family members based on age and sex
         Mexican parents are stricter and expect greater responsibility from
         their children
         Immigrant mothers are less supportive than native-born mothers
         Parenting practices and styles change with each generation in
         response to increasing distance from the culture of origin and the need
         to adjust to the receiving society
         Parental acculturation to dominant U.S. parenting practices may result
         in deterioration of protective Latino family values and behaviors,
         thereby exposing young people to risky external influences

Latino Youth:
Teens of Mexican origin are the largest national-origin subgroup of Latino
youth.
   • Less than 20% are first-generation immigrants
   • Almost half are second generation
   • More than 30% are born to US-born parents

Effects of Mixed Generational Acculturation:
      Highly acculturated Latino teens are more likely to smoke cigarettes
      and use marijuana/other drugs than teens that are more oriented to
      their cultures of origin.
      More acculturated Latina teens are younger at first sex and have more
      sexual partners than do less acculturated Latinas
The Pennsylvania Child Welfare Training Program               307: Engaging Latino Families
                                                             Handout #4; Page 2 of 2
         Length of residence in the United States is positively associated with
         drinking alcohol/suffering alcohol-related problems
         More acculturated individuals have higher unmet expectations for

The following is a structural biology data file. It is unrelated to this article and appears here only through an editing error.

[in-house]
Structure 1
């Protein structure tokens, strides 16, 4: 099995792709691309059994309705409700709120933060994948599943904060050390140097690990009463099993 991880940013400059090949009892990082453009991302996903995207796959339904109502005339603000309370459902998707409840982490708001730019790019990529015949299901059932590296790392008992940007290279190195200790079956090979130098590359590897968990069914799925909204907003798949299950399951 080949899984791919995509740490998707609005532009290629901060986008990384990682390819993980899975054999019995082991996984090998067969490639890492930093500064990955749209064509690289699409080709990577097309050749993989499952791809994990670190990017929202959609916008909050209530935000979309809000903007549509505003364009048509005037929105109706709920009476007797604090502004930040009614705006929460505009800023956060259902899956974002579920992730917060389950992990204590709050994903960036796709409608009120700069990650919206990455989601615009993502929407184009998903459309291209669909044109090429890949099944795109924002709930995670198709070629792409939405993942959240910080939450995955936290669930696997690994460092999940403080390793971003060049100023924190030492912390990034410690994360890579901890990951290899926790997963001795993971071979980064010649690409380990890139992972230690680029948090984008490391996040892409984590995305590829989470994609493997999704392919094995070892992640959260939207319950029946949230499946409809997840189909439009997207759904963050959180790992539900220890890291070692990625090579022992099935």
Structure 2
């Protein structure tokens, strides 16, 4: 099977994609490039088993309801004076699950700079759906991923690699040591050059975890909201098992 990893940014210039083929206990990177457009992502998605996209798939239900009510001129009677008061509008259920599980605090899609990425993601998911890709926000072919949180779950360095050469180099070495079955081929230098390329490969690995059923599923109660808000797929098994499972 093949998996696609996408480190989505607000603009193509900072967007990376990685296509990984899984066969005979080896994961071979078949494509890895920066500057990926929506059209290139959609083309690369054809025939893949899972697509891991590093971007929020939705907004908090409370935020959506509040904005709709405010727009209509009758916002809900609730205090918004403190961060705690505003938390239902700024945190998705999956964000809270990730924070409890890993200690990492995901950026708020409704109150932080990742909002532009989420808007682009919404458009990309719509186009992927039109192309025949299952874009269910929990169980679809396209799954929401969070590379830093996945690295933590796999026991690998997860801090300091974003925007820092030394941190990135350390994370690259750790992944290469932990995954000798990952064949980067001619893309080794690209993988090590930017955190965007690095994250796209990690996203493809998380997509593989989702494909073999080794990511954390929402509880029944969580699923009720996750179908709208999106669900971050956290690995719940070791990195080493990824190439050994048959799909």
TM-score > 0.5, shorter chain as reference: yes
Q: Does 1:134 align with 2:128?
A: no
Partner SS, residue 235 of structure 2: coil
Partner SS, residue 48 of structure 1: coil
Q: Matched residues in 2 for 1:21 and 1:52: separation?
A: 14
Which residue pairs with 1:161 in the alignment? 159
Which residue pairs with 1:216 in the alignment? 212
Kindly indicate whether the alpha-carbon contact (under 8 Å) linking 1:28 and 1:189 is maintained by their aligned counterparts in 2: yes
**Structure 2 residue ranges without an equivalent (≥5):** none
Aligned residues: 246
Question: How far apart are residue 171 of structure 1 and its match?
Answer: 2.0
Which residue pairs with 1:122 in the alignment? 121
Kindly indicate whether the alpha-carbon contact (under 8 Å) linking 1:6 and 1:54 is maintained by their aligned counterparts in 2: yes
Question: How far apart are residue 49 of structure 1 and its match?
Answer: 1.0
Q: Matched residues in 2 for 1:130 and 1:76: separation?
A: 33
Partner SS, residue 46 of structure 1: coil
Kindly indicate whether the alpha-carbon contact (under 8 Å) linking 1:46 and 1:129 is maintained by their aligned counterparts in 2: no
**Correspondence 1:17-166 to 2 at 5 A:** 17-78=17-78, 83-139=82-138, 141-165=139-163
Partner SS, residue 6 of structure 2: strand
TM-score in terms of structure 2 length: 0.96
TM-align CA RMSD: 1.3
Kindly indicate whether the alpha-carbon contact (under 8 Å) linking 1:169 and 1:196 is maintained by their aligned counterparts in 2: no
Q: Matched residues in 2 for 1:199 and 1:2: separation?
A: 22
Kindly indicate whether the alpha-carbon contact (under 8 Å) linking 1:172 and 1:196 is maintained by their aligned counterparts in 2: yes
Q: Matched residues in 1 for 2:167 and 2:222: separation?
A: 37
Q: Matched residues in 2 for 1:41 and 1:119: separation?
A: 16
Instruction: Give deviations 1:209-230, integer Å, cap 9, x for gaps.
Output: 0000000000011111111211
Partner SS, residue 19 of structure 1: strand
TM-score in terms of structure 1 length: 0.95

achieving social and economic status

Study results:
Parents’ own acculturation plays a crucial role in children’s well-being

    o Almost two-thirds of first-generation Mexican youth live with both
      parents
    o Two-thirds of first generation parents had less than a high school
      education
    o Almost three-fourths of second-generation Mexican youth live with
      both parents
    o More than half of the second generation parents had less than a high
      school education
    o Only about half of third-generation Mexican youth reside with both
      parents; most live with a single mother.
    o Less than 20% of US-born parents had less than a high school
      education
    o Behavioral problems were significantly more prevalent among second-
      and third-generation teens
    o Self-esteem improved with each generation
    o Amount of families using public assistance remained stable across
      generations
    o Proportion of families living in good neighborhoods rose with each
      generation
    o Parenting patterns differ by place of birth
    o First- and second-generation teens are more likely to live in close-knit
      immigrant communities

Mexican Immigrant Mothers v. Whites:
  Mexican mothers of the first-and second-generation mirrored rates of
  disengaged and authoritative parenting styles but was significantly lower
  than whites by the third generation
  Permissive Mexican mothers were significantly lower than Whites in the
  first- and second-generation but mirrored Whites in the third generation
  Authoritative Mexican Mothers were higher than Whites in all 3
  generations

Taken from Driscoll, et al. (2008).




The Pennsylvania Child Welfare Training Program                307: Engaging Latino Families
                                                              Handout #4; Page 3 of 3